Malcolm-Jamal Warner is embracing life with open arms. After a successful career as an actor and director, he continues to thrive in the entertainment world with his band Miles Long.
Malcolm became a household name as the lone son of Heathcliff and Clair Huxtable on “The Cosby Show.”
“The wonderful thing about ‘The Cosby Show’ was they were all clearly Black. They didn’t have to wear their Blackness on their sleeve,” he says.
One of Malcolm’s favorite memories of the show was interacting with Bill Cosby, as the show took risks in defining itself.
“On the first episode, Theo gives this speech to his dad on just wanting to be regular people and to love him as he is. When he finishes the audience claps and everyone is moved. And Dr. Huxtable looks at Theo and says, ‘That’s the dumbest thing I’ve ever heard in my life.’ That set the tone for the show,” he says.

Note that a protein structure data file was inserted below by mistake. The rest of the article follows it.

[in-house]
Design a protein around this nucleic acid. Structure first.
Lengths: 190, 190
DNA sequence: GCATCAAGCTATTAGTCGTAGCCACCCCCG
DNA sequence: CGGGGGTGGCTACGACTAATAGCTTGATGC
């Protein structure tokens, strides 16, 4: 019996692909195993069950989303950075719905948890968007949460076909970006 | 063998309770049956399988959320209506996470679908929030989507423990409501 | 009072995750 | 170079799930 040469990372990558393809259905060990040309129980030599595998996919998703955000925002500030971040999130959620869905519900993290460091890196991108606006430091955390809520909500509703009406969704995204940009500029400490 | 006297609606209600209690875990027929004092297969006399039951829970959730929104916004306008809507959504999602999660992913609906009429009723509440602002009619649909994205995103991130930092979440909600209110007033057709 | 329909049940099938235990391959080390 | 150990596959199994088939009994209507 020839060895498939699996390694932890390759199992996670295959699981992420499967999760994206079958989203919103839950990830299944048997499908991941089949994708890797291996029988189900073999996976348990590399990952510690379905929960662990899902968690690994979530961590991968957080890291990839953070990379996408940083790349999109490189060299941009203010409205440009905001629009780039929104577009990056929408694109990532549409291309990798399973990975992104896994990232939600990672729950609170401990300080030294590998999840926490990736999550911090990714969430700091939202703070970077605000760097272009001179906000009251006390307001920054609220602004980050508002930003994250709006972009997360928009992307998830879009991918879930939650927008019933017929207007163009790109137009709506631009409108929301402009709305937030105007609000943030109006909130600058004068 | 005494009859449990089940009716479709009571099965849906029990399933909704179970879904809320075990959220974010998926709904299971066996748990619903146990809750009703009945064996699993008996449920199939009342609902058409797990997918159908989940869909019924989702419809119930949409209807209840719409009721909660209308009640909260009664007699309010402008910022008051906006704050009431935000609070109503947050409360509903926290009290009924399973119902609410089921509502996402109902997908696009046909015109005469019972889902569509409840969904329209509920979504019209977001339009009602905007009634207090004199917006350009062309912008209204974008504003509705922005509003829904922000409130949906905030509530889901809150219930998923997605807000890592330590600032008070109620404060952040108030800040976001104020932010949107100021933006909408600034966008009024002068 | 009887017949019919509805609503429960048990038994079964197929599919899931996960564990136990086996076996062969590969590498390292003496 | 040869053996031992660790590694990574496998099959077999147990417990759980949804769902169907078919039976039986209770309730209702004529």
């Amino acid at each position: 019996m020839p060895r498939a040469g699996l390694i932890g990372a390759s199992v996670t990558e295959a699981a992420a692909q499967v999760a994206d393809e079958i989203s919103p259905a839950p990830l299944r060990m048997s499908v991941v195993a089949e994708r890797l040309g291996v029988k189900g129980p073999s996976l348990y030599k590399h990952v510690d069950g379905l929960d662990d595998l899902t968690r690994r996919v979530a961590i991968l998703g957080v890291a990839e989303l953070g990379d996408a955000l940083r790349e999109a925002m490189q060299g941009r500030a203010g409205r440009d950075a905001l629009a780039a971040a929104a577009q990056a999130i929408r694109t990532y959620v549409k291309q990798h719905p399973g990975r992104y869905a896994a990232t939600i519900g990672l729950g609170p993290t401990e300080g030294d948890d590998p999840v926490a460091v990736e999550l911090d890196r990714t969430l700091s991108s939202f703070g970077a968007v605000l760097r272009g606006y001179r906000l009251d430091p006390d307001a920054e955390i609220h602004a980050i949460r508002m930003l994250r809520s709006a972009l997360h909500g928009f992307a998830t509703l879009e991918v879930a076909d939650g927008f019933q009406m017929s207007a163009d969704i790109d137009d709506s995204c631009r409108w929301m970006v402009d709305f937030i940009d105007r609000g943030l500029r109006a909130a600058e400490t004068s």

Malcolm continues to be close to his mentor Bill Cosby and appreciates the lessons the entertainment veteran taught him.
“I was very fortunate to be exposed to Mr. Cosby and be under his wing,” Malcolm says.
Malcolm shines bright with friend and fellow string artist India.Arie.
Malcolm and Jennifer Hudson rock the house onstage at the 2007 Lupus Foundation of America’s annual awards gala.
Theo Huxtable is a distant memory as Malcolm jams at the 2007 Playboy Jazz Festival in Los Angeles.
Malcolm hangs with friends Jill Scott and Tichina Arnold at a Los Angeles showcase, as his band performed and Tichina provided vocals. The trio shares the experience of pursuing both acting and music. “There’s a certain stigma to actors doing music. I’m really proud when people see the music side of me and it opens their preconceived notion,” he says.
Malcolm and his band are prepping for their third release, and the actor looks forward to inspiring people with his poetry.
“My spiritual perspective allows me to see things in a positive light. We’re in a time when people need spiritual uplifting,” he says
Malcolm supports his good friend and former “Malcolm and Eddie” costar Eddie Griffin at the opening of Griffin’s 2001 film “Double Take.
“I don’t bow as much as I’d like, but I do notice the more I practice, the more I perform,” he says.